Five-year prison term for ‘brutal’ girlfriend attack

Five-year prison term for ‘brutal’ girlfriend attack

9 October 2019

A DRUMANESS man was jailed for five years last week after he launched a “brutal, sustained attack” on his girlfriend in front of her younger brother and friends during a drinking session.

The victim sat in the gallery of Downpatrick Crown Court in support of 24 year-old Casey Morgan, from Cumber Hill, at the sentencing on Friday.

Morgan is to spend three years in jail and will serve the remaining two years on supervised licence out of custody.

He was convicted in June by a jury of assault causing actual bodily harm and criminal damage.

Friday’s court heard how he tore his girlfriend’s clothes as he punched, kicked and throttled her on December 14 last year.

Morgan, who has 62 previous convictions, had denied the charges. 

The court was told that the defendant and his girlfriend were drinking with friends in a derelict building when Morgan began to attack and choke her in front of everyone. 

A prosecutor said that the attack continued outside where the woman curled up on the ground to protect herself.

He said that the witnesses initially told police and ambulance officers that the young woman had fallen into a hole in the floor of the house.

However, when the victim went back into the house with police to get her mobile phone, she told the officer that Morgan had attacked her.

The victim then made a statement of complaint about Morgan to police the next day, only to withdraw it three days later.

The prosecutor said the victim, who had been declared a hostile witness during the trial, had sustained cuts and bruises, a bloodied nose, sore ribs and bruises to head, arms, upper thighs and her back. 

The prosecutor said that the jury had accepted evidence that Morgan pressurised the victim to withdraw her statement and to say that she fell down a hole in the house instead.

The prosecutor added that there were several aggravating features to Morgan’s attack — that it was a domestic violence incident as he had a relationship with the victim, that it was a protracted attack in front of others and that Morgan had an “extensive previous record for violence”.

Defence barrister Conor O’Kane said the victim was still in love with Morgan.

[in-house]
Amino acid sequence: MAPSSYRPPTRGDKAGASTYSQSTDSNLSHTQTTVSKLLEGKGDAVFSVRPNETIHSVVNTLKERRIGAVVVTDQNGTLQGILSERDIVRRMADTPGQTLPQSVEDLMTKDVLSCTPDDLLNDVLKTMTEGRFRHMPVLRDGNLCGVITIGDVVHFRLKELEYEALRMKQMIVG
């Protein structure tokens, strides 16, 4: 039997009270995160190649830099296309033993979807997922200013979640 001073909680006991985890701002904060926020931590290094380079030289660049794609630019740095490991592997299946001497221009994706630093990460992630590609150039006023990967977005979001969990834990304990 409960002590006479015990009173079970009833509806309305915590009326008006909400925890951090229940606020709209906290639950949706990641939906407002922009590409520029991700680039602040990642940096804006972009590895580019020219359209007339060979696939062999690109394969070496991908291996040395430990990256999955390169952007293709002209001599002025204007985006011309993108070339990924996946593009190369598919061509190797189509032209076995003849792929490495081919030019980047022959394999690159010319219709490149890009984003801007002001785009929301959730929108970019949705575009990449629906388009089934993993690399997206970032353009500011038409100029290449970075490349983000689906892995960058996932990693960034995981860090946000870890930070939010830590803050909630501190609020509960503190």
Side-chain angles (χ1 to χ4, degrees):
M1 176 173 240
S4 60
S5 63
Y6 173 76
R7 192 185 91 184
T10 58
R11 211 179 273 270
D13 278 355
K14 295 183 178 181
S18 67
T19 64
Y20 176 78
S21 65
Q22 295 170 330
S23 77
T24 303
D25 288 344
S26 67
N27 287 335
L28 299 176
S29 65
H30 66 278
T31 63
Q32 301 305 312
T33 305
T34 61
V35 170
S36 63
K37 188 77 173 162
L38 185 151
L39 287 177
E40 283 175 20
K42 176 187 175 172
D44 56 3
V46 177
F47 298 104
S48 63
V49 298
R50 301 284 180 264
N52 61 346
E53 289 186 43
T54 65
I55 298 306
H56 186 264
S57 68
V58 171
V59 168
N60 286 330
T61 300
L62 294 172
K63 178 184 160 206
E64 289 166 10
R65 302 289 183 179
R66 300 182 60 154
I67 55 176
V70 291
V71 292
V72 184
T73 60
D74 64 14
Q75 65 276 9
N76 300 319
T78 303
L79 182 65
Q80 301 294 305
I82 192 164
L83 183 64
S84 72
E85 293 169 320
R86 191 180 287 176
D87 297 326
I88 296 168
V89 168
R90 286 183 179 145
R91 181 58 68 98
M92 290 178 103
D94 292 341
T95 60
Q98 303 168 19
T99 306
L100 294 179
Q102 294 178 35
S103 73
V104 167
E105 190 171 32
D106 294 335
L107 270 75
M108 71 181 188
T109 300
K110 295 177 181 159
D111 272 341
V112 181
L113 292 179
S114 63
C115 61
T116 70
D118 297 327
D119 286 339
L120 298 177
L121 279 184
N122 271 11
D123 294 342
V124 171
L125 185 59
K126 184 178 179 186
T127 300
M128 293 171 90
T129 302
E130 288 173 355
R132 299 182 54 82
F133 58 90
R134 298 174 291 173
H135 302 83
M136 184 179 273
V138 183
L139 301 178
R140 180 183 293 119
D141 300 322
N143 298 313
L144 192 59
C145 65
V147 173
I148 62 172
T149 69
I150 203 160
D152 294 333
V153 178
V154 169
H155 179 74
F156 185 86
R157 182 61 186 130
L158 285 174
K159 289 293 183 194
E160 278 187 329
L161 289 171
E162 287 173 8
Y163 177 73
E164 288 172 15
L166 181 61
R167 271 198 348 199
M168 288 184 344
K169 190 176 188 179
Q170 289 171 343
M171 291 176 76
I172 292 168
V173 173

“She doesn’t like what he did or approve of it, but does not want this man to go to jail,” Mr O’Kane remarked.

He acknowledged that a pre-sentence report rated Morgan at a “dangerousness” level for potentially doing more harm.

However, he also told the court that Morgan had come from a sad family background, having been introduced to drink and drugs “at an alarmingly early age” at home.

He said that despite having his issues with drink and drugs over the years, he was now “drug-free” in custody.

Mr O’Kane also said that Morgan had suffered “serious loss and trauma” since his mother’s murder in Belfast in 2013, the death of his brother last year due to a 

suspected drugs overdose and his father being left with “life-changing injuries” when he fell from a roof. He also pointed out that Morgan was not in current contact with his sister.

He added that Morgan’s aunt had sent an “eloquent” letter to the court to speak up for her nephew. 

Judge Geoffrey Miller acknowledged Morgan’s earlier life. “It is very sad but not surprising that he has spent all of his formative years in custody.”

He noted that the pre-sentence report indicated a high likelihood of reoffending. 

Describing Morgan as “an angry man”, the judge said he accepted that the attack was one of “protracted violence” and that Morgan had caused some duress to the victim to get her to withdraw her statement. 

He said that while he was also impressed by Morgan’s letter to the court, the defendant was responsible for his actions.